I don't really follow online discourse, so I hadn't realized people were SO MAD about INTERmission, but I suppose I'm not surprised (I'll agree that it's too short and ends VERY abruptly) . Maybe it's an age thing (I would've been 14-17), but I liked a lot the Compilation of FFVII stuff. Hell, I repIayed Dirge and played Crisis Core for the first time in the lead up to this. I got HYPED that Nero was also in it, cause the trailer I saw only showed Weiss. And it's a cool boss fight! They used a bunch of his moves from Dirge! They look rad in HD! Also the Weiss fight fulfills my need for super bosses, much like the data fights and Yozora in the KH3 DLC. Wish they'd put more of that in the base game though.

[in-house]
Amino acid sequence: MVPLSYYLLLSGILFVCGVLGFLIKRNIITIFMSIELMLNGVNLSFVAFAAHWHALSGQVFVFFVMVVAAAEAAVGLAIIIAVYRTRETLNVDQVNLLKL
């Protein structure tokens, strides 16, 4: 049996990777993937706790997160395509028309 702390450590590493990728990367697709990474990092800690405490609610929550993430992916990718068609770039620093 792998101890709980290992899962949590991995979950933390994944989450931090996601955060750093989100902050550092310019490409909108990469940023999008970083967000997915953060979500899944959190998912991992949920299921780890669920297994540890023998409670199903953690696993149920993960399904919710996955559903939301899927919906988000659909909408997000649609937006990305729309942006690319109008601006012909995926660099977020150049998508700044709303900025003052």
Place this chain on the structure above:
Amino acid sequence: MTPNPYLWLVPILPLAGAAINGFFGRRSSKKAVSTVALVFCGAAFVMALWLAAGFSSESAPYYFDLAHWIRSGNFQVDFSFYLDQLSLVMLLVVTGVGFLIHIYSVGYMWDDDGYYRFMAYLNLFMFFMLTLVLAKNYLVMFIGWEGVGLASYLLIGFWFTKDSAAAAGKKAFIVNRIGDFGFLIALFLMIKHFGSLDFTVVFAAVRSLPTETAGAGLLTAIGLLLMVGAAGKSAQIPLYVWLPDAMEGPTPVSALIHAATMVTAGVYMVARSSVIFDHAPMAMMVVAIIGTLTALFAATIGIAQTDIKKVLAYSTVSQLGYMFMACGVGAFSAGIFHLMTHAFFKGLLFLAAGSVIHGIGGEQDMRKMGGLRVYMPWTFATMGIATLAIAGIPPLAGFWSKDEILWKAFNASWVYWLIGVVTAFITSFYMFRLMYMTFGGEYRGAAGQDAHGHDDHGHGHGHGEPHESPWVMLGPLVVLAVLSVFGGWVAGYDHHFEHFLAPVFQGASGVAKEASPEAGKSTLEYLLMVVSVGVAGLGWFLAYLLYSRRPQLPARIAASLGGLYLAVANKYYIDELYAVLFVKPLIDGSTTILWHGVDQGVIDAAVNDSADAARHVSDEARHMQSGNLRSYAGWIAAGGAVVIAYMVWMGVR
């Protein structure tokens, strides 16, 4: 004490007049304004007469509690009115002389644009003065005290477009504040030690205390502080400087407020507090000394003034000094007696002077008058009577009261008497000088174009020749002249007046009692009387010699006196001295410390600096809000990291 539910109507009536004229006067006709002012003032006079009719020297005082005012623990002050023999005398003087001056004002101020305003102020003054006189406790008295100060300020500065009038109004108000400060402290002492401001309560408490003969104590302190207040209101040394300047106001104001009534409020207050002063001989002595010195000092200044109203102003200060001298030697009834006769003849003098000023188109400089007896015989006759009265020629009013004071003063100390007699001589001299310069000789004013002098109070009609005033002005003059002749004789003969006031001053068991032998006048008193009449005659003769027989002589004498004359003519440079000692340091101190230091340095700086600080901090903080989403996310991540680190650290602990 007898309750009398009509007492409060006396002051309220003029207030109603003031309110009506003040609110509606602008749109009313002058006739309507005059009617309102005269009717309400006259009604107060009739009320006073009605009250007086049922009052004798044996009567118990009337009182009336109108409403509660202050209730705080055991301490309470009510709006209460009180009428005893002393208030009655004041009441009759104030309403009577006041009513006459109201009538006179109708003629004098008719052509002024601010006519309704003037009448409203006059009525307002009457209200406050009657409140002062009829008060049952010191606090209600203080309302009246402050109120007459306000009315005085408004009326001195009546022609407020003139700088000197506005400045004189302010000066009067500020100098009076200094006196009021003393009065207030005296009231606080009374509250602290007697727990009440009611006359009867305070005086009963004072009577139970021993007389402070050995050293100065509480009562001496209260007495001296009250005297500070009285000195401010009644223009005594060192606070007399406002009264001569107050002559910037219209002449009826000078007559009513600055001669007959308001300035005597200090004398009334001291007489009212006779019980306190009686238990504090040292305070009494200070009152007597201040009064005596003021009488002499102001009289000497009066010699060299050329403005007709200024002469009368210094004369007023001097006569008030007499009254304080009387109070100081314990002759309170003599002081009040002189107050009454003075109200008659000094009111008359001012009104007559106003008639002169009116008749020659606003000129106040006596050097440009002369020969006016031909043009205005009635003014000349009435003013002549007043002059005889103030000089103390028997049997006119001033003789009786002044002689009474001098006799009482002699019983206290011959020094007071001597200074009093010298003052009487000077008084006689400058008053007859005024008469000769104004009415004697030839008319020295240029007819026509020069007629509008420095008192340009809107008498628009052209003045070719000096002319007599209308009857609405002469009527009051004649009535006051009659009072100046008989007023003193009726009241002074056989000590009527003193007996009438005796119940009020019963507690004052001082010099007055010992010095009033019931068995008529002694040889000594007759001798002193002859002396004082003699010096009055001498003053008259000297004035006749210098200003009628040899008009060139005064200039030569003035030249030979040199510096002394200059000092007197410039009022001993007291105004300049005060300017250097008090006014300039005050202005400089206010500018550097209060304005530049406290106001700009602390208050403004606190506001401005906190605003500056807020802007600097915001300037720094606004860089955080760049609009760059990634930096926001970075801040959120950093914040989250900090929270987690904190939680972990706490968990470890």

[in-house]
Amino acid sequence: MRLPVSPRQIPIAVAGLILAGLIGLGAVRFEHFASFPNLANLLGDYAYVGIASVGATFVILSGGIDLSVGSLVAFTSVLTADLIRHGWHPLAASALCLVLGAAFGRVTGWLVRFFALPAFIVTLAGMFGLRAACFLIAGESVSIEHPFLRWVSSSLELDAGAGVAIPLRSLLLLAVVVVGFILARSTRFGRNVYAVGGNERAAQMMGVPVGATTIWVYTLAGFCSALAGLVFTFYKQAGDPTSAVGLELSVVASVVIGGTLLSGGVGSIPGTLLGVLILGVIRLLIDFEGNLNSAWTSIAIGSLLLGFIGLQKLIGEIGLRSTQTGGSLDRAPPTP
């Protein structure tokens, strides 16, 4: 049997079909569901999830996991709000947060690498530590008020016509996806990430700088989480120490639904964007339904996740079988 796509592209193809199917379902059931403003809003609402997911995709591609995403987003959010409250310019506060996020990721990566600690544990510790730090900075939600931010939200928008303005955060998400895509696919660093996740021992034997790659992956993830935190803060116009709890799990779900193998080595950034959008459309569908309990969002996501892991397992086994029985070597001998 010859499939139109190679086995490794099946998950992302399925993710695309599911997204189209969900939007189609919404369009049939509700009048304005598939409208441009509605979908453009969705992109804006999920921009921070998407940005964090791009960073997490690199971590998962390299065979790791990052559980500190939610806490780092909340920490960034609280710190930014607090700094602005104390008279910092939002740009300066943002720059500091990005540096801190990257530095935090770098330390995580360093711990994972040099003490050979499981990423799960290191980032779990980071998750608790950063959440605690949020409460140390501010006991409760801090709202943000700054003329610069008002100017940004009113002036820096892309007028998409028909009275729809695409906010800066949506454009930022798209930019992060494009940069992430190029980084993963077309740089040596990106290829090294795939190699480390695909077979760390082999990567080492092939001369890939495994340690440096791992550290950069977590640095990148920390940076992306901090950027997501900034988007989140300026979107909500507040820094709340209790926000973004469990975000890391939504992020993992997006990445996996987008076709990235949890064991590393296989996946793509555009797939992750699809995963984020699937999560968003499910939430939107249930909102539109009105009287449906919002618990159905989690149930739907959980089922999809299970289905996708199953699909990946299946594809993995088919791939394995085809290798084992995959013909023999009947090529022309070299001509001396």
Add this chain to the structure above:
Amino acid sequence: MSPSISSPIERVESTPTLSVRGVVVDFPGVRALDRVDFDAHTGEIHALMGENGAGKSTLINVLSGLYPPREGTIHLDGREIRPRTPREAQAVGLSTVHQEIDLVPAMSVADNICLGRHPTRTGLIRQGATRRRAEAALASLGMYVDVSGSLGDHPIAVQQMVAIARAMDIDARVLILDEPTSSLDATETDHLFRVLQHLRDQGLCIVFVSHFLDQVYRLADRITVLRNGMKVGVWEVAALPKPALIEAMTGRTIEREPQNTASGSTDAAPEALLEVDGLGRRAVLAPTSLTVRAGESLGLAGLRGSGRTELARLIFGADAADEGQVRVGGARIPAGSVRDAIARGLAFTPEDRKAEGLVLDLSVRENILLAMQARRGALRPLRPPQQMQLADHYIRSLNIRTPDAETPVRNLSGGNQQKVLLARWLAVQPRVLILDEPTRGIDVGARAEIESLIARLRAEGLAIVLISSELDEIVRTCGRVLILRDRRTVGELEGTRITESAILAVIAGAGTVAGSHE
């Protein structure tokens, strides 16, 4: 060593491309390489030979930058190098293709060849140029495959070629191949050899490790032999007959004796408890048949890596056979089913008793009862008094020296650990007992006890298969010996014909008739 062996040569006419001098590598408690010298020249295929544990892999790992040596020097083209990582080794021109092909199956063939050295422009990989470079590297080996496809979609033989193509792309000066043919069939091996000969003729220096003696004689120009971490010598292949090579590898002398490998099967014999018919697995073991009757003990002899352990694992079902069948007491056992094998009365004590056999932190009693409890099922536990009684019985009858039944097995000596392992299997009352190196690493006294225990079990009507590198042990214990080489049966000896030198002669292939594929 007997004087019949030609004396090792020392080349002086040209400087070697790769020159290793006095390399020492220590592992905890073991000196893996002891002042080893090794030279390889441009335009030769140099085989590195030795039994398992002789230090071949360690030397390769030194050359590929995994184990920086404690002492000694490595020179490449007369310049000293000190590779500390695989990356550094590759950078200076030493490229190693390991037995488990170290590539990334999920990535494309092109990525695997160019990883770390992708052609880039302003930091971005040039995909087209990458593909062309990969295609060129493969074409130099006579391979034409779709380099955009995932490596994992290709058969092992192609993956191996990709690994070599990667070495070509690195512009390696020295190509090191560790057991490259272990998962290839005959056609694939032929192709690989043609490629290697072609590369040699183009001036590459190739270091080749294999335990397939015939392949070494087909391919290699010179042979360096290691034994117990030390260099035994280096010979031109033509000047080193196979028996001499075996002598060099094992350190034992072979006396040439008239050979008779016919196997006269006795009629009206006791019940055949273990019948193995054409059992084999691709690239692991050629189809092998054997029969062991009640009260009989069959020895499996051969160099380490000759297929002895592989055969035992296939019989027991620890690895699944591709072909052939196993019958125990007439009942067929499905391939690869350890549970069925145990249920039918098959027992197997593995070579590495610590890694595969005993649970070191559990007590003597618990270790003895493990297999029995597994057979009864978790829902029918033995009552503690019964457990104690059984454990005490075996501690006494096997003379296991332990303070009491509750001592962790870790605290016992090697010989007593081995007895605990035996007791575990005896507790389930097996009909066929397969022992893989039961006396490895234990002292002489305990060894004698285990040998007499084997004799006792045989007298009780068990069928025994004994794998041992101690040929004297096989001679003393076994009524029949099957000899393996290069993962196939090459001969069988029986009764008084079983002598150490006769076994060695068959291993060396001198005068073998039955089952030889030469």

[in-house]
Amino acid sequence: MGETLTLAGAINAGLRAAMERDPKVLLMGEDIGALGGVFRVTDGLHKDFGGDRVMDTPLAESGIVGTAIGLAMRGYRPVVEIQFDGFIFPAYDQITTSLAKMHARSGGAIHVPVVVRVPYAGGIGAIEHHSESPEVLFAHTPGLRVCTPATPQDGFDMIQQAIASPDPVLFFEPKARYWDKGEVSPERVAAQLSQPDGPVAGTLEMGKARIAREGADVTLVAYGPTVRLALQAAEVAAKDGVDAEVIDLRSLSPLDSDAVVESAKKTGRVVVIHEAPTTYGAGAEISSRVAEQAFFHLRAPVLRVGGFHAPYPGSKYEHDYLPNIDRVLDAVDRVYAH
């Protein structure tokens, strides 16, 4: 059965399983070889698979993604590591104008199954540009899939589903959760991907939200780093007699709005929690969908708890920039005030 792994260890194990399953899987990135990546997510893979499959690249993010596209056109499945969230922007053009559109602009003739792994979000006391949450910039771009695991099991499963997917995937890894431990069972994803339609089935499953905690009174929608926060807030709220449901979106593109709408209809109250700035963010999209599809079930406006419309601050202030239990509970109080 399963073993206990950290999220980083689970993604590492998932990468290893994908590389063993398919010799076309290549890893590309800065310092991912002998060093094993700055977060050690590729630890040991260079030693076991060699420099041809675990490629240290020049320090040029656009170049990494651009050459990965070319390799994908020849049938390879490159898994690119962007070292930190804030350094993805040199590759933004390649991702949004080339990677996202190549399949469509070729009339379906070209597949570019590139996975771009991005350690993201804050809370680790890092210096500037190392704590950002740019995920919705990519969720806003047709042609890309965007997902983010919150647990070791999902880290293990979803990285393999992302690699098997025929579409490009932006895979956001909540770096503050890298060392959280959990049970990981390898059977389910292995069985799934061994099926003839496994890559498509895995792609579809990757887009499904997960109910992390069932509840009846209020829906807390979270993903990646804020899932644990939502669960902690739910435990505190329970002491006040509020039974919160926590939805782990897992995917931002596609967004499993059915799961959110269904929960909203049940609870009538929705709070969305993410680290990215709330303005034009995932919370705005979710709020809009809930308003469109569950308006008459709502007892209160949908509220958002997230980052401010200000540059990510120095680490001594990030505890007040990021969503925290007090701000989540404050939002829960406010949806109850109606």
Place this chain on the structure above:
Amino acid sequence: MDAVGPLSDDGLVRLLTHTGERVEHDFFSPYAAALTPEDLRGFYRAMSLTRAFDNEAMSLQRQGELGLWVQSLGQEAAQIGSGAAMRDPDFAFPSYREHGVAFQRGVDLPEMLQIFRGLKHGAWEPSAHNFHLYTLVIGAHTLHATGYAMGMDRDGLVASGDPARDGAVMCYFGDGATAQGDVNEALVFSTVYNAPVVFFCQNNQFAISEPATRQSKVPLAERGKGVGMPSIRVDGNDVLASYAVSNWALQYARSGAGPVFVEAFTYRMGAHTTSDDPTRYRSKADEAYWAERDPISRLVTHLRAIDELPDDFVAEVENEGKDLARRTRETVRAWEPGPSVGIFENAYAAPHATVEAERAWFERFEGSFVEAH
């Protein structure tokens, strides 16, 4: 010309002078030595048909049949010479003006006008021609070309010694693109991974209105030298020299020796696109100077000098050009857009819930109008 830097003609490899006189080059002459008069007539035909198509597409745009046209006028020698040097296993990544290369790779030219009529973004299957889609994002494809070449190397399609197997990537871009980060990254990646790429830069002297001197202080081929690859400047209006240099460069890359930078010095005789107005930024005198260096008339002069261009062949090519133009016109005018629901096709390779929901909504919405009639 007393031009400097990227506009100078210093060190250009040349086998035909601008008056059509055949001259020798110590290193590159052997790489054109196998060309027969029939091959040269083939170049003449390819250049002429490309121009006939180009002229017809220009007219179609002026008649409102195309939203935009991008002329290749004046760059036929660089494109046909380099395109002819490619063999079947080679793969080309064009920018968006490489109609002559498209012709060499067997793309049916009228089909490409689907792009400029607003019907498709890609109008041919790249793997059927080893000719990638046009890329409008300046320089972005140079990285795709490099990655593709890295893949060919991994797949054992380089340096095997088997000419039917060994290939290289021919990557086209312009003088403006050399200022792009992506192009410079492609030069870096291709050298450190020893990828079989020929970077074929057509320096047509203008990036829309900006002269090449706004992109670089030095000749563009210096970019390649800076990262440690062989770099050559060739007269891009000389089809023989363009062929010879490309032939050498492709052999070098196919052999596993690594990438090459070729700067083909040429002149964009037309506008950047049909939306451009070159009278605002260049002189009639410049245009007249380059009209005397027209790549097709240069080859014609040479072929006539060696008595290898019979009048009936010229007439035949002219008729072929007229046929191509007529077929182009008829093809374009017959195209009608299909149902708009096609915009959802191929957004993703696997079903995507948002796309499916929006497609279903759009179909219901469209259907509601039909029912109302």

My brother and I have actually been hoping since the original ending that the next game would just START with the Nibelheim flashback, and I'm glad the "epilogue" makes that more likely.

    And lastly, XIII-2 rules. It's legit one of my favorite FF games, in spite of XIII being one of TWO (with XV) that I'd really say I dislike.

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    doctordonkey

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    I totally get why diehard #NoChanges fans would be upset, because this Remake compilation is going to be nothing like what they expected or wanted. However, count me among the people who don't really think the original FF7 story is all that sacred. Like most JRPG's, it's the characters and the way they interact with each other that really matters, and the world setting. The overarching story is just kinda okay, and it doesn't need to be more than that.